While President Donald Trump has courted far-right evangelical Christian voters by picking former Indiana Gov. Mike Pence as his running mate and posing for photos with Bibles and religious leaders, even his most vocal defenders admit he is hardly a role model for Christians.
Maybe that’s because he thinks evangelical Christianity is “bullshit,” according to the president’s former lawyer, Michael Cohen.
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Cohen’s new book, Disloyal: A Memoir, is packed full of choice tidbits about his former boss and contains numerous warnings about Trump’s duplicitousness. Cohen was sentenced for multiple crimes related to his involvement with hush money payments made on Trump’s behalf to porn star Stormy Daniels.
Trump’s standing among Pentecostals and evangelicals skyrocketed after he scored endorsements from religious leaders like anti-LGBTQ hate group leader Tony Perkins and Jerry Falwell Jr., the former head of Liberty University.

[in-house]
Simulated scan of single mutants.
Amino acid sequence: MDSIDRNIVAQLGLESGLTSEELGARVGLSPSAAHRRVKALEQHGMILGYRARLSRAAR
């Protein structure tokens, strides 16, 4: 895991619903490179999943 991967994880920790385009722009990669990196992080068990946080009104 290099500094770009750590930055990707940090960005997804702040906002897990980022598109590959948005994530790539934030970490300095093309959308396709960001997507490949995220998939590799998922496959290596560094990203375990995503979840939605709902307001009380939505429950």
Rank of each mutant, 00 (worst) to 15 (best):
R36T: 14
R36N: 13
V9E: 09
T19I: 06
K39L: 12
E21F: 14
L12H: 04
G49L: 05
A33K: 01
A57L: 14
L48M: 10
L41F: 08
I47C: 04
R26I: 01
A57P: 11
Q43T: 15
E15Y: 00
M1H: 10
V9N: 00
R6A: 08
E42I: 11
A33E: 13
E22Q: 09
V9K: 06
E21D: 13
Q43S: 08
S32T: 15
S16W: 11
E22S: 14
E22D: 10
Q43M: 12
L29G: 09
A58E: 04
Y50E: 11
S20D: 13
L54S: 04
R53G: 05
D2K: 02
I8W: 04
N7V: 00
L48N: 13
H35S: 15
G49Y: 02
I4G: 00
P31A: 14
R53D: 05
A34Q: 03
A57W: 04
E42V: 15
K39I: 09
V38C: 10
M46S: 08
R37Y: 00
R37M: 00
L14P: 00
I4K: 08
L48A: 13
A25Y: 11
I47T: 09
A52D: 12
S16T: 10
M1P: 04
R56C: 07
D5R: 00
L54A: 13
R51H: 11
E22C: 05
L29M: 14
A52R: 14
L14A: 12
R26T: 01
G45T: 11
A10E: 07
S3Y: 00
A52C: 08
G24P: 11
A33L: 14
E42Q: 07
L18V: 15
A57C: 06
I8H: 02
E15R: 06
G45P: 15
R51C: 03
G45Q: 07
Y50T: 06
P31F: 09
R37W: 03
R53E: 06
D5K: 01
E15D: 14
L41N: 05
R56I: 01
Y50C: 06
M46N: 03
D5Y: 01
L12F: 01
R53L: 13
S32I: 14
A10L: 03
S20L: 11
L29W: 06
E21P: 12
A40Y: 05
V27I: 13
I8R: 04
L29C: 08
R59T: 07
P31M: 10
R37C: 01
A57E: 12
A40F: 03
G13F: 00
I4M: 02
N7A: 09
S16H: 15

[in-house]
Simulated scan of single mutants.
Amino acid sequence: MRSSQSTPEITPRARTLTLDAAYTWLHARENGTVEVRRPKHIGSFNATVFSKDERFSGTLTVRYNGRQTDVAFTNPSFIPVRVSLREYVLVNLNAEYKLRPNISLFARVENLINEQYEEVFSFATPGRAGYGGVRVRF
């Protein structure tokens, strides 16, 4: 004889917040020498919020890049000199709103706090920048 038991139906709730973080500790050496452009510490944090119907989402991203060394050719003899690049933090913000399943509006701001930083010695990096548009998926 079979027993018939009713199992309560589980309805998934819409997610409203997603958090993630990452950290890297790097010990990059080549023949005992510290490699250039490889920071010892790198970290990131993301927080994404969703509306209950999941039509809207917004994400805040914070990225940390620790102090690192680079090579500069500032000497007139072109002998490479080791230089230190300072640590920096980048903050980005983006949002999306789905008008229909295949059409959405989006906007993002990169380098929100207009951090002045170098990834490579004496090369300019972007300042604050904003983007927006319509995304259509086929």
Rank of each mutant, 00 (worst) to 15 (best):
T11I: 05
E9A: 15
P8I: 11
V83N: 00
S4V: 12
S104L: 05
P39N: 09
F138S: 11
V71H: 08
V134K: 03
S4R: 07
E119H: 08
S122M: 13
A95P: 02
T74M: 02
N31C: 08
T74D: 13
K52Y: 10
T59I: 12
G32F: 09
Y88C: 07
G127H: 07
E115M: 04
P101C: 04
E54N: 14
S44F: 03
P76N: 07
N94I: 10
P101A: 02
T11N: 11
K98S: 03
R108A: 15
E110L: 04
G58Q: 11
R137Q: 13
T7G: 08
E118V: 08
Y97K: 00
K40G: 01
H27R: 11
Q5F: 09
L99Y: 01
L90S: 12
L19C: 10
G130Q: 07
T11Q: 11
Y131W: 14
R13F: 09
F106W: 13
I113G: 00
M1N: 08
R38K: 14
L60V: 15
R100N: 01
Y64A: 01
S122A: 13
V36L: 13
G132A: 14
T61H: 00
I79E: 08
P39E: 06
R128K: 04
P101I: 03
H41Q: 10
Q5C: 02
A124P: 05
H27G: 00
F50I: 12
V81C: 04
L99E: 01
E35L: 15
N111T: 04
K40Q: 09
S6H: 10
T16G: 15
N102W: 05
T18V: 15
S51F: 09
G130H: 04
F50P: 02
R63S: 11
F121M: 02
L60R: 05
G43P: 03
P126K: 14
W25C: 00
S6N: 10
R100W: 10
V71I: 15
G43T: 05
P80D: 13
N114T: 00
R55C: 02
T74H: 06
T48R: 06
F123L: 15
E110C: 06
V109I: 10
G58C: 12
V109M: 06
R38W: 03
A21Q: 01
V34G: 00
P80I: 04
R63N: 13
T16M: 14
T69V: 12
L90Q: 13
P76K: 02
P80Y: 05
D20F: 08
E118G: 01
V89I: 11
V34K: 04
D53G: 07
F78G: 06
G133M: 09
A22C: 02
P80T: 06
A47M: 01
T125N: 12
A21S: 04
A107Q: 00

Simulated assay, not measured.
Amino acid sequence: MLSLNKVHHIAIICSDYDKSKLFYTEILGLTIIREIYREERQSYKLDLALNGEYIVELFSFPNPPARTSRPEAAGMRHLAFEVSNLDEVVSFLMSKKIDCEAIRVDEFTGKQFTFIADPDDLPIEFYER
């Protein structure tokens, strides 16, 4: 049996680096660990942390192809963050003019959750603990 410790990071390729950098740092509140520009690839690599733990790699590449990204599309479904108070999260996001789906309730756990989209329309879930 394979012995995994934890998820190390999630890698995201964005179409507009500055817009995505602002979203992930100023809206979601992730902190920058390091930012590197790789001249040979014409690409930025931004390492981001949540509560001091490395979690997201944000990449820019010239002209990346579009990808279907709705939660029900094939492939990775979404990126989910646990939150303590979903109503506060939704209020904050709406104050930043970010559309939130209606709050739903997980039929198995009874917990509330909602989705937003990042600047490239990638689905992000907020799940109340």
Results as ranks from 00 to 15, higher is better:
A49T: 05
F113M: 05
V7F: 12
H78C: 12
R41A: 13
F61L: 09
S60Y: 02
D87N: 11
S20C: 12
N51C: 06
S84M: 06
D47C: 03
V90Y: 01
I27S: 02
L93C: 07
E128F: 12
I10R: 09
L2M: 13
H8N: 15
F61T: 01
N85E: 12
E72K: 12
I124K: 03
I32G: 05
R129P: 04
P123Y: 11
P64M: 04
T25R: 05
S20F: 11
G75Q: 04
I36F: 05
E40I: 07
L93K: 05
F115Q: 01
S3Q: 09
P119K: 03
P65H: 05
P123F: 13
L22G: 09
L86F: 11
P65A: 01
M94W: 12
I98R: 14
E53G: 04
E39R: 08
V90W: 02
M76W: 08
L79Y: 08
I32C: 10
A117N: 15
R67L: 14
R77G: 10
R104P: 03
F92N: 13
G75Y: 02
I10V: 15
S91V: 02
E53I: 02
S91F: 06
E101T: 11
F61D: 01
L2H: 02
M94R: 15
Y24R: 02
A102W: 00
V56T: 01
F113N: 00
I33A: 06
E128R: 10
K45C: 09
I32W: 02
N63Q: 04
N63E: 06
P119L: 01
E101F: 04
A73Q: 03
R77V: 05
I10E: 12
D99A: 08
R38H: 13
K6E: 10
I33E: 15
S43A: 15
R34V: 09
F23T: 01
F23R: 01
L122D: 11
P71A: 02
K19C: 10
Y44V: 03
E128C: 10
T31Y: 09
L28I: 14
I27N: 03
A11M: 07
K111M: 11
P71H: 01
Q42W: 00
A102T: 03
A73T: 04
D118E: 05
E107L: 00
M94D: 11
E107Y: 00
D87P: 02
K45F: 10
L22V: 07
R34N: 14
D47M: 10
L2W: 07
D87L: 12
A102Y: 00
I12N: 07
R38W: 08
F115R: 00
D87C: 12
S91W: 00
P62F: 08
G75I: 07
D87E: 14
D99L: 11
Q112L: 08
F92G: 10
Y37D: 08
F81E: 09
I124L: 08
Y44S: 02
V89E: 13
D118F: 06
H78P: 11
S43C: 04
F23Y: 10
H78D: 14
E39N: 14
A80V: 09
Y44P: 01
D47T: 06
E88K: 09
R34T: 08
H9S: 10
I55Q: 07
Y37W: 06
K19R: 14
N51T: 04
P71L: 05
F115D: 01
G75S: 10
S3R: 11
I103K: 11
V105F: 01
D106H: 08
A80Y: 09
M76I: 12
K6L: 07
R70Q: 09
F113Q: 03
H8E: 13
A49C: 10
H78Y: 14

Falwell, one of the President’s first evangelical supporters, has gone down in flames over a sex scandal involving his wife and another man. Other men have also come forward to say they had relationships with both of the Falwells; photos and screenshots of phone messages have been offered up as proof of the allegations.
Cohen was also representing Falwell around the time the religious leader endorsed the Trump campaign. Cohen was caught on audio telling actor Tom Arnold that a man had compromising photos of Falwell’s wife, sparking speculation that Falwell’s endorsement was coerced.
During the lead-up to the election, then candidate Trump held a meeting at Trump Tower with evangelical leaders who wanted to bless his campaign. They “laid hands” on the President, physically touching him while praying in a blessing that serves as part of their religious beliefs.
“Can you believe that bullshit?” Trump asked Cohen after the group left. “Can you believe people believe that bullshit?”
Trump has continued to meet with far-right evangelical leaders while holding office, including an early 2017 meeting where Republican politicians and televangelists “laid hands” on the famously germophobic president.
In addition to giving conservative Christians the Supreme Court nominees that they want, Trump has also done his best to fulfill the right’s dream of rolling back LGBTQ rights. As a bonus, Trump even created an Evangelical Advisory Board stuffed full of televangelists and hate group leaders, giving them direct access to the highest levels of the administration.